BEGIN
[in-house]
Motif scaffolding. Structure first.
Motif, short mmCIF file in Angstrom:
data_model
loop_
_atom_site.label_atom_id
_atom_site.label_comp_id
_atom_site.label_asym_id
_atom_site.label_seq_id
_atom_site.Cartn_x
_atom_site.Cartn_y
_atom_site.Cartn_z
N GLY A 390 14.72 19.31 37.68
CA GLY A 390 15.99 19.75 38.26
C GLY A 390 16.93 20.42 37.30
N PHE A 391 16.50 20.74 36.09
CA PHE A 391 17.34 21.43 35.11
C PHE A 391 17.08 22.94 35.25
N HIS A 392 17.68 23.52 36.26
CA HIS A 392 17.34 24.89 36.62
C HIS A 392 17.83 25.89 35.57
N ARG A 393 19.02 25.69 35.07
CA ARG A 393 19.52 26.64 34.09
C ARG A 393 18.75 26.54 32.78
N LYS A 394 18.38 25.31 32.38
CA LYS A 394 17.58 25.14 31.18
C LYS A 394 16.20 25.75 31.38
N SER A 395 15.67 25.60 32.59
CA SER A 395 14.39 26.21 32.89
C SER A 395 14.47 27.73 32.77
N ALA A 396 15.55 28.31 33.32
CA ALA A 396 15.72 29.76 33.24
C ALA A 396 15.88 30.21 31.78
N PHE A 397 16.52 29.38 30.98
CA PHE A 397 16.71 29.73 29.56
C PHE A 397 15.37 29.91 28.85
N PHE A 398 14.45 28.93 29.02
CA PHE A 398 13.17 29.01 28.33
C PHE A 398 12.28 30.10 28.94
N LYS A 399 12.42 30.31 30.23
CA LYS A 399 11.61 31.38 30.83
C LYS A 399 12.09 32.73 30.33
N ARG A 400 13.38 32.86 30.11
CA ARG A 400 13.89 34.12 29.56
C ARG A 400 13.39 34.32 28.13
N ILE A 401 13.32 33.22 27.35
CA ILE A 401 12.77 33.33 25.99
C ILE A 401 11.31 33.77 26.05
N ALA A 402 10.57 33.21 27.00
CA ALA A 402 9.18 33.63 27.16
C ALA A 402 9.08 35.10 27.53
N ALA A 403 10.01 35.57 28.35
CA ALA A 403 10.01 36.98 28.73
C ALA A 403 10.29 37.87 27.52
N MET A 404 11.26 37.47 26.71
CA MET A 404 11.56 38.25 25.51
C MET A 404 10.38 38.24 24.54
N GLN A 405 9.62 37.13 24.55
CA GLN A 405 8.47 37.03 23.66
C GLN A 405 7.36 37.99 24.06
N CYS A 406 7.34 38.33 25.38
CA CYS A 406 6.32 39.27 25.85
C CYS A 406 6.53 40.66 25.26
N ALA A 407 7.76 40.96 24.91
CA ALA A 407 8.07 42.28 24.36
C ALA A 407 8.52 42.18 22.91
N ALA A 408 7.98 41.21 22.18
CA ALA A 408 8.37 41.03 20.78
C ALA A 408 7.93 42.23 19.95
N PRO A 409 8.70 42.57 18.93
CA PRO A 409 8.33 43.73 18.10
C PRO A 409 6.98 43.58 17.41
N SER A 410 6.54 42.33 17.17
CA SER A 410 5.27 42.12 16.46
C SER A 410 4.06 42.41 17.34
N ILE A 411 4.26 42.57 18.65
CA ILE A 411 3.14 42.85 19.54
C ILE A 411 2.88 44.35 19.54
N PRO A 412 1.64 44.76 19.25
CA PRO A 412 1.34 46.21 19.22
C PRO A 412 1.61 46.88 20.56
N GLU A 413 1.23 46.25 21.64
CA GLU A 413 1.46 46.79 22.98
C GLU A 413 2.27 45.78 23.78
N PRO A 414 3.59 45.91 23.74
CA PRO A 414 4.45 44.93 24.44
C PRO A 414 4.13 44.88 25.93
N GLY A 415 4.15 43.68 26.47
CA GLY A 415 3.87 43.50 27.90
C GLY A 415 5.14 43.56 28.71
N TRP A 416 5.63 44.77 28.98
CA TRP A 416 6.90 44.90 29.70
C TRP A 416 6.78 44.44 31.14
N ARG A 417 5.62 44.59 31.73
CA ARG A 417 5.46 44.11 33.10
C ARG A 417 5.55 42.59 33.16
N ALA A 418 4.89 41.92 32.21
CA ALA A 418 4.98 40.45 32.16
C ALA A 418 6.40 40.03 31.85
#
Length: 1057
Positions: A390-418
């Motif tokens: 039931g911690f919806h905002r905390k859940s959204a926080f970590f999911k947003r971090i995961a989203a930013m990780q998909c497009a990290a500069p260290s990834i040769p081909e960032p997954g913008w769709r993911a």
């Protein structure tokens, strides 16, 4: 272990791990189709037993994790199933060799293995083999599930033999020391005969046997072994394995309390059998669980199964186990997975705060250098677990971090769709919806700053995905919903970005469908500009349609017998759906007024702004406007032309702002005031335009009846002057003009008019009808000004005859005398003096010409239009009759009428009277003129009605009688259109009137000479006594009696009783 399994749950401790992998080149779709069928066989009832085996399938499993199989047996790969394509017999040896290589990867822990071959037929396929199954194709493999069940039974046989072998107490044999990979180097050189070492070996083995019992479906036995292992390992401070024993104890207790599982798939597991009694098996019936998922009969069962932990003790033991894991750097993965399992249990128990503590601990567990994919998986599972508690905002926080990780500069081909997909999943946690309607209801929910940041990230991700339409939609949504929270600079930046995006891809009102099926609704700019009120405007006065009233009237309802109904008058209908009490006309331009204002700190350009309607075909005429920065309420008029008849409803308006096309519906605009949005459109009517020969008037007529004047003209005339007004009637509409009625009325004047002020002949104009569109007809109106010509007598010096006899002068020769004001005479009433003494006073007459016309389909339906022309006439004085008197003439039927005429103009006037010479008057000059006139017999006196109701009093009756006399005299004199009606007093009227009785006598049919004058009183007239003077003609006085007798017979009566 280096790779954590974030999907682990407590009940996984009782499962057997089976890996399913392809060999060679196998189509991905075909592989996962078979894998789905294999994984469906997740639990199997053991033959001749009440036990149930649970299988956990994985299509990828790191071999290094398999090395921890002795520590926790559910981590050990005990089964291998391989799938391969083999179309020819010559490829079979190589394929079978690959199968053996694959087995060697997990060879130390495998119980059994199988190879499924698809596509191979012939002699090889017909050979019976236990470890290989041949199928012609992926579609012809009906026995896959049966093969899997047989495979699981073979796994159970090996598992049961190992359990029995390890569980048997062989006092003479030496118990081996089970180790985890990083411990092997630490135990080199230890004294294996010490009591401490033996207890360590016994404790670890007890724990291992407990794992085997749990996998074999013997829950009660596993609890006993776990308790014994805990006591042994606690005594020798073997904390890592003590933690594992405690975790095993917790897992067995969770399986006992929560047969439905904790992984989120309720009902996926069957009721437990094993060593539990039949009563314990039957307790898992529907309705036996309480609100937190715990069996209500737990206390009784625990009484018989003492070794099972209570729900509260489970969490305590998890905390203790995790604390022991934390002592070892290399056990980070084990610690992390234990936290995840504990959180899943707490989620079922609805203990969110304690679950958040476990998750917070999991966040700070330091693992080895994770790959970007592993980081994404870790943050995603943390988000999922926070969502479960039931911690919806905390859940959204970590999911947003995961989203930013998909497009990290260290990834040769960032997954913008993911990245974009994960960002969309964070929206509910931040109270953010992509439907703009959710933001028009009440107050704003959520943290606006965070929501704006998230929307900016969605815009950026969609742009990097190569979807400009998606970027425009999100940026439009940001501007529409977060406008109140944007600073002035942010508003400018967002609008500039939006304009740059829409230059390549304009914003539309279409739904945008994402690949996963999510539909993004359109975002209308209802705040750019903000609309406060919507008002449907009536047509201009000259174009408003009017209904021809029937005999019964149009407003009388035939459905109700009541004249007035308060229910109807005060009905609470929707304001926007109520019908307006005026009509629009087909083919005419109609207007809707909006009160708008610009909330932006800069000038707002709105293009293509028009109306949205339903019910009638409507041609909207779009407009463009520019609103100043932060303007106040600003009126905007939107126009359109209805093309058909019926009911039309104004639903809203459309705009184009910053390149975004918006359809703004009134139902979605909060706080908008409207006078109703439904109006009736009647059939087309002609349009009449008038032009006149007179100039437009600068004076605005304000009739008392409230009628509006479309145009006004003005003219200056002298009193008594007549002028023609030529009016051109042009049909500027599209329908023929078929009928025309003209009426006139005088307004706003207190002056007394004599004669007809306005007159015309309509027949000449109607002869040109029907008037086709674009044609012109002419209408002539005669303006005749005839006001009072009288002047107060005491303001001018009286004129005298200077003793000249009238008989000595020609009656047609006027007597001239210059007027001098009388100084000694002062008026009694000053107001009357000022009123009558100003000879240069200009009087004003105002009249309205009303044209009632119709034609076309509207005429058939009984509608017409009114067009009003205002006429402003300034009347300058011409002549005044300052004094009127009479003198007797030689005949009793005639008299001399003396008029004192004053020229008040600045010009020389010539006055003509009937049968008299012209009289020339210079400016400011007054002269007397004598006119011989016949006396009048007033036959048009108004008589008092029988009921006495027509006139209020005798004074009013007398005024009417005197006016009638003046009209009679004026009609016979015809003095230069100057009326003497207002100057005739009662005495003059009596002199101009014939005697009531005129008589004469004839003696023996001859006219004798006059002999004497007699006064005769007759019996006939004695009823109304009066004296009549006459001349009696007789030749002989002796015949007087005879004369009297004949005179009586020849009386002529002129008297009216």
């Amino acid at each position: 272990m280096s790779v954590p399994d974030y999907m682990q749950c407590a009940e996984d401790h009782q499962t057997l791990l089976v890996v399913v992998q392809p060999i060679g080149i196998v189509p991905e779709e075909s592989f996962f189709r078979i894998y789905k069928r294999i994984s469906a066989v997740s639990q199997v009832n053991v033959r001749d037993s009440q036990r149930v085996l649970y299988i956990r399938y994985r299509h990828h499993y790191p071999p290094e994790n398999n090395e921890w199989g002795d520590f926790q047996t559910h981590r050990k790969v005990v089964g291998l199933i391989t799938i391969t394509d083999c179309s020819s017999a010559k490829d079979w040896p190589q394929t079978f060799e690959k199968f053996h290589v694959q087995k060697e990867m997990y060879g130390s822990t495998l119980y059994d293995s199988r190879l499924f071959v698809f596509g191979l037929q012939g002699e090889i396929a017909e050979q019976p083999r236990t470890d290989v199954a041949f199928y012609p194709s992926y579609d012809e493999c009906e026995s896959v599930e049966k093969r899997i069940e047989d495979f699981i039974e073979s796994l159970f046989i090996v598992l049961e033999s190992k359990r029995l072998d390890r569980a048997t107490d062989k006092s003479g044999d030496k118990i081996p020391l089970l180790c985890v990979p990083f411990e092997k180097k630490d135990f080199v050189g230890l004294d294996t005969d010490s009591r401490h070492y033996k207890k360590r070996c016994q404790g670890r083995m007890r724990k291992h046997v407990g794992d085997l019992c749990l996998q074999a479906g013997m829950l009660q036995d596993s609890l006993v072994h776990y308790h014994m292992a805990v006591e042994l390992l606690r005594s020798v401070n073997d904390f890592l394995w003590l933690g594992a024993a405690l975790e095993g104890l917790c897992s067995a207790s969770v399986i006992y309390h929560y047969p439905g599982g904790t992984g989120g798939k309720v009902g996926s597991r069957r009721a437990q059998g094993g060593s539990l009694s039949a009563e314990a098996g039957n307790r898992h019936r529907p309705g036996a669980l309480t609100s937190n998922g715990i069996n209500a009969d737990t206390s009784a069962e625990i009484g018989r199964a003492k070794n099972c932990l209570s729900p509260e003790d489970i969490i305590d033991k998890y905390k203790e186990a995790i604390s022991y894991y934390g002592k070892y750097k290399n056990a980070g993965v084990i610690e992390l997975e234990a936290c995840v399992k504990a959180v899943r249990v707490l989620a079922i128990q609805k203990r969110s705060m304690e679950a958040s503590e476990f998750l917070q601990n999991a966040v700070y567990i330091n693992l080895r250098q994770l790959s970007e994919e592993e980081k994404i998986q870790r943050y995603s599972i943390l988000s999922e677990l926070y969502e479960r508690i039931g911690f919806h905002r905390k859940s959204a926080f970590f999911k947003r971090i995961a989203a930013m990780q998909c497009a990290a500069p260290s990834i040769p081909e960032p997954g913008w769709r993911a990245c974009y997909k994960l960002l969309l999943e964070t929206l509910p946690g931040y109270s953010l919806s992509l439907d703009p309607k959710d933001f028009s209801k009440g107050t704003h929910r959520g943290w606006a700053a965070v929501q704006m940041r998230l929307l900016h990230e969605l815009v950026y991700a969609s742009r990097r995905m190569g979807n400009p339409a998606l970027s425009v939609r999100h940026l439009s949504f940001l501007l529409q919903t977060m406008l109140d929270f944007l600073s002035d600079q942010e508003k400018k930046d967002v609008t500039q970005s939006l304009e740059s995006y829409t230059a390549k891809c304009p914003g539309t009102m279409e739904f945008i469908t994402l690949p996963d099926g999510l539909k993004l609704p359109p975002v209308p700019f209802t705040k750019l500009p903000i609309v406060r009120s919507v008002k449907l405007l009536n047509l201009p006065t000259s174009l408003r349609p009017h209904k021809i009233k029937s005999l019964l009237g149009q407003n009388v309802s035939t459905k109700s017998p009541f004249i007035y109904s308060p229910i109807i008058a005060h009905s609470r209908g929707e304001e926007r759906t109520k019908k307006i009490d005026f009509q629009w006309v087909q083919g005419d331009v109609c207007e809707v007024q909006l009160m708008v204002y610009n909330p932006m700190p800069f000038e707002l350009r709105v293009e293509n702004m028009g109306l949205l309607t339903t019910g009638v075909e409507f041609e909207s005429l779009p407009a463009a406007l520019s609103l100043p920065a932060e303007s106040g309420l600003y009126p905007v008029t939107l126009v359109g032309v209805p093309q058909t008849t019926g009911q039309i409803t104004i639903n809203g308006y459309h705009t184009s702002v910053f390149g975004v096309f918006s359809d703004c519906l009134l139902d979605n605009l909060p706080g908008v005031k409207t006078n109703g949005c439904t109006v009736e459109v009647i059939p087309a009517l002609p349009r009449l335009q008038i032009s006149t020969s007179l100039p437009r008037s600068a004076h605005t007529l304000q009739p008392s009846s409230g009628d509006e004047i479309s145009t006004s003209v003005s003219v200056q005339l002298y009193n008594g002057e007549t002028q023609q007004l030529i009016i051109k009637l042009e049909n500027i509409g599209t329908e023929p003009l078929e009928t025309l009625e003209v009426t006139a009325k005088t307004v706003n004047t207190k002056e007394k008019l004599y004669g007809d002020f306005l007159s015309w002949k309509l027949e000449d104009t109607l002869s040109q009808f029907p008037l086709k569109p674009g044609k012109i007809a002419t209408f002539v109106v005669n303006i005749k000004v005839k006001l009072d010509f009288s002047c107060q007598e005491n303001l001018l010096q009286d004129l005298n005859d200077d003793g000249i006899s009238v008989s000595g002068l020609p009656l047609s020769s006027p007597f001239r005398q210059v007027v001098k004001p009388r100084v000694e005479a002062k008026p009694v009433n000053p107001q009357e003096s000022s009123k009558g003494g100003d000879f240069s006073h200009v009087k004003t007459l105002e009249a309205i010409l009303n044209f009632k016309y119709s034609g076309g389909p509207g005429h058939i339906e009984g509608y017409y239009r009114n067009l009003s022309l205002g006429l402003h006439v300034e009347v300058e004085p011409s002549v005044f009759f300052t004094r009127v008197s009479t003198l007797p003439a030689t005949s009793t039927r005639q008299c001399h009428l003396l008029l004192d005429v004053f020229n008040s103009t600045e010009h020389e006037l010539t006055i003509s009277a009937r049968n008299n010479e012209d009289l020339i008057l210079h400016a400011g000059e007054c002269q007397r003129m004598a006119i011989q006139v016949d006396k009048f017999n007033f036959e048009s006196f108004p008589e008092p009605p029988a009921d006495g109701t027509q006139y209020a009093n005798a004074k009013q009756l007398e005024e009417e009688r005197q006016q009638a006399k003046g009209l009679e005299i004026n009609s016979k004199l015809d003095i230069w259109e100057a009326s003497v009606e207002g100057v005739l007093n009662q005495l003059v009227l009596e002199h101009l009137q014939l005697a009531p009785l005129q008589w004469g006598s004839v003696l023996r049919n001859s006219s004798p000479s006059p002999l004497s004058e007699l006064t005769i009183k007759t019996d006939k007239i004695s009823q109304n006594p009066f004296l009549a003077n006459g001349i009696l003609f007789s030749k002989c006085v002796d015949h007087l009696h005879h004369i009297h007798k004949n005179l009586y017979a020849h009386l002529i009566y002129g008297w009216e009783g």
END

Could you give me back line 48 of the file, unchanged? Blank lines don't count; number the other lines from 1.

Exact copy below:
C ILE A 401 11.31 33.77 26.05